By Michael Smith, North American Correspondent, MedPage Today
Published: August 09, 2012
Reviewed by Robert Jasmer, MD; Associate Clinical Professor of Medicine, University of California, San Francisco and Dorothy Caputo, MA, BSN, RN, Nurse Planner
The drugs used to treat benign prostatic hyperplasia (BPH) may also help detect some hard-to-find cases of prostate cancer, researchers reported.
In a two-part prospective study, treatment with 5α-reductase inhibitors enhanced the usefulness of prostate specific antigen (PSA) testing in men with persistently increased serum PSA but negative biopsy results, according to Steven Kaplan, MD, of Weill Cornell Medical College in New York City, and colleagues.
The magnitude of change in serum PSA after drug therapy may help to differentiate between men with cancer and those with BPH, Kaplan and colleagues reported in the September issue of the Journal Of Urology. In addition, the new screening method mainly detected high-grade tumors (Gleason score of 7 or greater).
PSA alone, Kaplan noted, is not a good indicator of the presence of prostate cancer, because it measures several factors — including enlargement of the prostate and inflammation — that are not exclusively linked to the disease.
On the other hand, PSA that remains high or rebounds from its lowest level could indicate cancer, even though the prostate has shrunk after 5α-reductase inhibitor therapy. Also, a biopsy could be more effective in a smaller gland.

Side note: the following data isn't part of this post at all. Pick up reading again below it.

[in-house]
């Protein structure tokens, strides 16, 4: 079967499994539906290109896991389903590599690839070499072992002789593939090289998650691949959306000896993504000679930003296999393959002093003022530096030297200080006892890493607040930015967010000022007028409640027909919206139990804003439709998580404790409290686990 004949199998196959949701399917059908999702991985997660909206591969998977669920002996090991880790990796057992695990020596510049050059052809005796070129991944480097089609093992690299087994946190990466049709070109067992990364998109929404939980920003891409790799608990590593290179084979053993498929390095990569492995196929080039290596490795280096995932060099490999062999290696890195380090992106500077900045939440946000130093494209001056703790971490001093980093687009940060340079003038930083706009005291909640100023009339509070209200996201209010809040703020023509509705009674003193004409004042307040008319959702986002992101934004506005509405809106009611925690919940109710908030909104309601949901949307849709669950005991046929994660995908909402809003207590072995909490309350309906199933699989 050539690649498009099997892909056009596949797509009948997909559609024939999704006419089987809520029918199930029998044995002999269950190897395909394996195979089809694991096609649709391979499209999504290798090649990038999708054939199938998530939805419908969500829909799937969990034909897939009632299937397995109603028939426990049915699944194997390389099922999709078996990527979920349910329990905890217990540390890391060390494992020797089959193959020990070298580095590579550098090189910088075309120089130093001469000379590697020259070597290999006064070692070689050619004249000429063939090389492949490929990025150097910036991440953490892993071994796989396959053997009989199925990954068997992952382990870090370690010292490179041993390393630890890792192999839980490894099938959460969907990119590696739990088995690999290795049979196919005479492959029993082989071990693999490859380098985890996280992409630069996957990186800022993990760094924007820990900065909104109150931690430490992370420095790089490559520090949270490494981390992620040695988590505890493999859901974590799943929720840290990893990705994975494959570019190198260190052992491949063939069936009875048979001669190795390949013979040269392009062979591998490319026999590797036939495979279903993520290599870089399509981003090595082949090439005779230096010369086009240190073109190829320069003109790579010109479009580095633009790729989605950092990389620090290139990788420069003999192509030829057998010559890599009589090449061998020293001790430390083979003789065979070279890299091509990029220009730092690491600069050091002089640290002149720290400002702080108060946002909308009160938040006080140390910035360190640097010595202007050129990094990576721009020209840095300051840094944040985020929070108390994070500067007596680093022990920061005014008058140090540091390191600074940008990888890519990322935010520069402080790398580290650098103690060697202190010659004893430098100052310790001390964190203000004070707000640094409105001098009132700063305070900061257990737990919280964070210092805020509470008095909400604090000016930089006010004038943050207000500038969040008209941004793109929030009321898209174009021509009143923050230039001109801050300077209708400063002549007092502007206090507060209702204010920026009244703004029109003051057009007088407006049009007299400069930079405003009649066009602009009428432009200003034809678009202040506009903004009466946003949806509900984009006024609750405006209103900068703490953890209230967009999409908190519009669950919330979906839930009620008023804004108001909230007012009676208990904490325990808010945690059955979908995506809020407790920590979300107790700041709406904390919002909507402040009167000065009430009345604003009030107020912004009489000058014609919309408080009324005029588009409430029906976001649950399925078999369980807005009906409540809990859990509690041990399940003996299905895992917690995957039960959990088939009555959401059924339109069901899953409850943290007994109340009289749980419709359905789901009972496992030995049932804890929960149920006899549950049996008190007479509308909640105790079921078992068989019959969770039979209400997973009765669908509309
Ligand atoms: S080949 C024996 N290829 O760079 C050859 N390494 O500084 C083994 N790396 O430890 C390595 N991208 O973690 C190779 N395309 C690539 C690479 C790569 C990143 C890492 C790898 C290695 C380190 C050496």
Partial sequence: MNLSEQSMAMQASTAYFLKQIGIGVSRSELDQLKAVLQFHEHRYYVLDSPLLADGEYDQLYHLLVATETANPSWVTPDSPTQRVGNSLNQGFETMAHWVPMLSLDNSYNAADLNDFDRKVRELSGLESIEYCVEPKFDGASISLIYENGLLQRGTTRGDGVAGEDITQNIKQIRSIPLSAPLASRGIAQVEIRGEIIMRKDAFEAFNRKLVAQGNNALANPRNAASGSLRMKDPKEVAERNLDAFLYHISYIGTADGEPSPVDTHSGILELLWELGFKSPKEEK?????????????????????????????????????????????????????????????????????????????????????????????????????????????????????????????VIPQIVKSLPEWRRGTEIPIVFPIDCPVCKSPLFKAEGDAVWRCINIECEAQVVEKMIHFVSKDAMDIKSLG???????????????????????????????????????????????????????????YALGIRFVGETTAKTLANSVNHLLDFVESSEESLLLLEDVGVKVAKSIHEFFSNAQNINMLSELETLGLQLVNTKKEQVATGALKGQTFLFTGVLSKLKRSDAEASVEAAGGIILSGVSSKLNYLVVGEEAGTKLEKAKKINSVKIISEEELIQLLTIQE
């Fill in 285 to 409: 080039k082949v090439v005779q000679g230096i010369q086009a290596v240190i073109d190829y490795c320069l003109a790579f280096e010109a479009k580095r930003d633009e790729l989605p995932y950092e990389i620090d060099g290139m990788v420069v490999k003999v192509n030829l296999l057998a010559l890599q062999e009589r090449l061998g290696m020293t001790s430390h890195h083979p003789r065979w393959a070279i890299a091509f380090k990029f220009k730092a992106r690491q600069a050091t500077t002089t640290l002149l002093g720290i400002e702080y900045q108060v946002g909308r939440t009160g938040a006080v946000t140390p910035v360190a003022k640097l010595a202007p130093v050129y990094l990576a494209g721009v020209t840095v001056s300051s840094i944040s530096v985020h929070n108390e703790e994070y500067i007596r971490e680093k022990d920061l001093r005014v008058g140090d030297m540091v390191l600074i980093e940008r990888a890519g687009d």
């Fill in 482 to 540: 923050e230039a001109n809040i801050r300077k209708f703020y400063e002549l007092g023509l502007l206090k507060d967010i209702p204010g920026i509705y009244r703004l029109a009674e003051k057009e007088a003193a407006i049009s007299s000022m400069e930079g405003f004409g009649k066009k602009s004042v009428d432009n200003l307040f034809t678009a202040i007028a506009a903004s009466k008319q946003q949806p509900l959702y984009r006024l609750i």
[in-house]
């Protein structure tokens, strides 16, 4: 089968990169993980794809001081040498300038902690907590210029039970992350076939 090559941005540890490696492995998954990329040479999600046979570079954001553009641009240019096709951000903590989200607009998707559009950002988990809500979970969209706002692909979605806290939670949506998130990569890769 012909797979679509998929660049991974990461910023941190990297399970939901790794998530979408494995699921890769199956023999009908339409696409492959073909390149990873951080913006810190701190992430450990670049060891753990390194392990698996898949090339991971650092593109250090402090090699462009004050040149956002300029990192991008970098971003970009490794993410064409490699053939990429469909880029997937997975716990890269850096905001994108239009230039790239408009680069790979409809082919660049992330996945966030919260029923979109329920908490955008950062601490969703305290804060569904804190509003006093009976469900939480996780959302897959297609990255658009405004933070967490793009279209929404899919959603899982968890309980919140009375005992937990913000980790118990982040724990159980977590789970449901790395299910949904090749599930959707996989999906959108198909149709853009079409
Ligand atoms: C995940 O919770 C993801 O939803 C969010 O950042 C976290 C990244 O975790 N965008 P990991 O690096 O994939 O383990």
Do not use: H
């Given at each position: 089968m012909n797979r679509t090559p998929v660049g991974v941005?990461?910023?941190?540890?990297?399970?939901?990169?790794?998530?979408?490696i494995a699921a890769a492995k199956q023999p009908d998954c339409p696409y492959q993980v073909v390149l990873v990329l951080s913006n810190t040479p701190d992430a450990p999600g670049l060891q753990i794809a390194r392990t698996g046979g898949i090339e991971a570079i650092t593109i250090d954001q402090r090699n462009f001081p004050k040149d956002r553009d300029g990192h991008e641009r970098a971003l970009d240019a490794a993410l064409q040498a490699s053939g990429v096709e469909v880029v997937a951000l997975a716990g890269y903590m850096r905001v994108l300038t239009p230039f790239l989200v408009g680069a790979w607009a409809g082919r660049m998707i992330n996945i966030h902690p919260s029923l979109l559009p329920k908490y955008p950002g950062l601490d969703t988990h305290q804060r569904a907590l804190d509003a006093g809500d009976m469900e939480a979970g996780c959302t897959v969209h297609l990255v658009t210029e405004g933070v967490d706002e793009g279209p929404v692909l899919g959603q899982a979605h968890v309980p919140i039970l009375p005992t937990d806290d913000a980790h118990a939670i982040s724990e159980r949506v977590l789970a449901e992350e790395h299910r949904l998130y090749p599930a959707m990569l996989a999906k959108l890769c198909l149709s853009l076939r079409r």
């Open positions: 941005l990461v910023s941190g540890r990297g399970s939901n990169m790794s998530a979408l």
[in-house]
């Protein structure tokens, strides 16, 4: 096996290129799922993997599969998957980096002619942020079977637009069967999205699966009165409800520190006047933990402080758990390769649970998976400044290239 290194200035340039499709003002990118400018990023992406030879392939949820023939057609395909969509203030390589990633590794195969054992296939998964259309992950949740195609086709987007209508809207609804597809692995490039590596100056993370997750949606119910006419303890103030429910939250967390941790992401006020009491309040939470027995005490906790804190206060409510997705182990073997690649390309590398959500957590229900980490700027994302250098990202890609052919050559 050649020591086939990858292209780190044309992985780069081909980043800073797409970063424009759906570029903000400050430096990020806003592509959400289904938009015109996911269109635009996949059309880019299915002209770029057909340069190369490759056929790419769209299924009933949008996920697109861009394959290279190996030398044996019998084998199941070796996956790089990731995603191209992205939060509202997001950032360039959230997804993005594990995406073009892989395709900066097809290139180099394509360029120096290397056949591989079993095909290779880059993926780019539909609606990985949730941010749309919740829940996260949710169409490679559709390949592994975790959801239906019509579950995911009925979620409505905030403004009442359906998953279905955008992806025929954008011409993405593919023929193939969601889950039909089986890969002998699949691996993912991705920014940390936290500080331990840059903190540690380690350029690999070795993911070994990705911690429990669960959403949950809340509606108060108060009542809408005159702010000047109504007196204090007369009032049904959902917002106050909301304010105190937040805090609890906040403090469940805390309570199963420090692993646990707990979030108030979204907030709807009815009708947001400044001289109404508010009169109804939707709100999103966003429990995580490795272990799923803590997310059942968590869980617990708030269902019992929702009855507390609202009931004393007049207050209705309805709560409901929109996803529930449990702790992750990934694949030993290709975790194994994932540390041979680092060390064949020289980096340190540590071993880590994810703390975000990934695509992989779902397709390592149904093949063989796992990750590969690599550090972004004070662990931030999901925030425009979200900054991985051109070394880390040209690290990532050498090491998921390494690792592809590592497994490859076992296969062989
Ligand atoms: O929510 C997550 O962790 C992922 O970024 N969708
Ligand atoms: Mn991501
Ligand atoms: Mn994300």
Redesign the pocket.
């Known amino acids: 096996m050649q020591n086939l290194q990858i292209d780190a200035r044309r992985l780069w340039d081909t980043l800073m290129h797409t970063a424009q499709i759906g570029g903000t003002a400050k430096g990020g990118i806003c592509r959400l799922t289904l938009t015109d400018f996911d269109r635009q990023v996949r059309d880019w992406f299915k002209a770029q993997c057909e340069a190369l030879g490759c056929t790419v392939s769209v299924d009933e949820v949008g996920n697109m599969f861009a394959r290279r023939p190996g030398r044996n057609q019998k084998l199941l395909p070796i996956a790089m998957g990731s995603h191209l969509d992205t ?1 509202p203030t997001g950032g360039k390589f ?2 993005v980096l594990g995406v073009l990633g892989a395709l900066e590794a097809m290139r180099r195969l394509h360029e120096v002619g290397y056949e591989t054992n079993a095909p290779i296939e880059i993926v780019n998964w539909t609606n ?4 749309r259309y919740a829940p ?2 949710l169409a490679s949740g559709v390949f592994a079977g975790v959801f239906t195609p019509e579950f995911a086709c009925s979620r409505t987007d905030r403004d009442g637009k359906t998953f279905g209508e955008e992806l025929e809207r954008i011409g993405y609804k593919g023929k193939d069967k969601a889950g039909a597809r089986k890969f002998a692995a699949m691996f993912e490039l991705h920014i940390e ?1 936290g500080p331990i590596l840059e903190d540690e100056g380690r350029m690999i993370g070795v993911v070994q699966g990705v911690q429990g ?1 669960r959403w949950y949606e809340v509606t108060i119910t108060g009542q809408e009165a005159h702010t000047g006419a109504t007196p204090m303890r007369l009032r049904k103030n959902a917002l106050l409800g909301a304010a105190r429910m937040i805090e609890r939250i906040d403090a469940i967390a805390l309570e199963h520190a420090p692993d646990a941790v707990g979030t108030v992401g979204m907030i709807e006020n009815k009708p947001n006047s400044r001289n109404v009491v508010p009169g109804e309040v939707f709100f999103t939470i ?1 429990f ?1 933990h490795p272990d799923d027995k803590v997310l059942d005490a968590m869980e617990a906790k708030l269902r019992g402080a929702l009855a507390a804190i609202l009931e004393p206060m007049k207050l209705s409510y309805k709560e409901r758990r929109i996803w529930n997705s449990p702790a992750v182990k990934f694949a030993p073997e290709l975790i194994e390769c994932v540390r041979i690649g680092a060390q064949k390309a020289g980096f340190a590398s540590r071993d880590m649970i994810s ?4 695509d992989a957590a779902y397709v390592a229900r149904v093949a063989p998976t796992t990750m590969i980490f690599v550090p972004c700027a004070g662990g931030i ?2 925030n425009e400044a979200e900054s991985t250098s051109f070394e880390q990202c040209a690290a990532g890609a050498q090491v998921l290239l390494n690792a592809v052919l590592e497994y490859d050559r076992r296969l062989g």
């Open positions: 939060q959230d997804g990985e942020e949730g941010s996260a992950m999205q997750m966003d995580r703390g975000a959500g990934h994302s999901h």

To test those ideas, the authors enrolled 276 men for a two-phase study. In the first part, 97 men were given 5 mg of finasteride (Proscar) or 0.5 mg of dutasteride (Avodart) daily; had their PSA measured at 6 and 12 months; and had a transrectal ultrasonography and biopsy performed at 12 months.
In the second part, the remaining 179 men were given the same drug therapy, but only had a biopsy if their PSA rebounded from its lowest level by more than 0.4 ng/ml.
In the first part, the drugs reduced PSA levels by an average of 2.4 ng/ml (-46.7%) and prostate volume by an average of 7.1 ml (-17.9%).
On biopsy, 27 of the men were found to have cancer (27.8%) and the magnitude of their PSA reduction averaged 2.1 ng/ml — significantly less than the drop of 2.8 among the remaining 70 with BPH.
A key finding was that the average PSA rebound among men who had cancer was more than 0.4 ng/ml, Kaplan and colleagues reported.
For that reason, a rebound of that magnitude or greater triggered a biopsy in the second part of the study.
All told, 48 men in the second group had a biopsy after an average of 14.6 months of drug therapy and 26 (54.1%) were found to have cancer.
Most of those (20 or 76.9%) had disease with a Gleason score of 7 or greater, Kaplan and colleagues reported.
One advantage of the approach in the second part of the study, they noted, was that the majority of men who didn’t need a biopsy did not have one.
Kaplan and colleagues cautioned that, as with previous studies, the analysis could not rule out the possibility that the drug therapy induced higher grade disease, instead of just helping to detect it. But the evidence supports the latter conclusion, they argued.
“At a time when the value of PSA is being increasingly debated,” Kaplan said in a statement, “we have shown that when used in a specific way, it can be of great value in identifying men with previously undetected prostate cancer.”
The men in the study and others like them present “a challenging diagnostic dilemma,” the researchers noted as their PSA levels would suggest cancer, but their biopsies, often performed repeatedly, remain negative.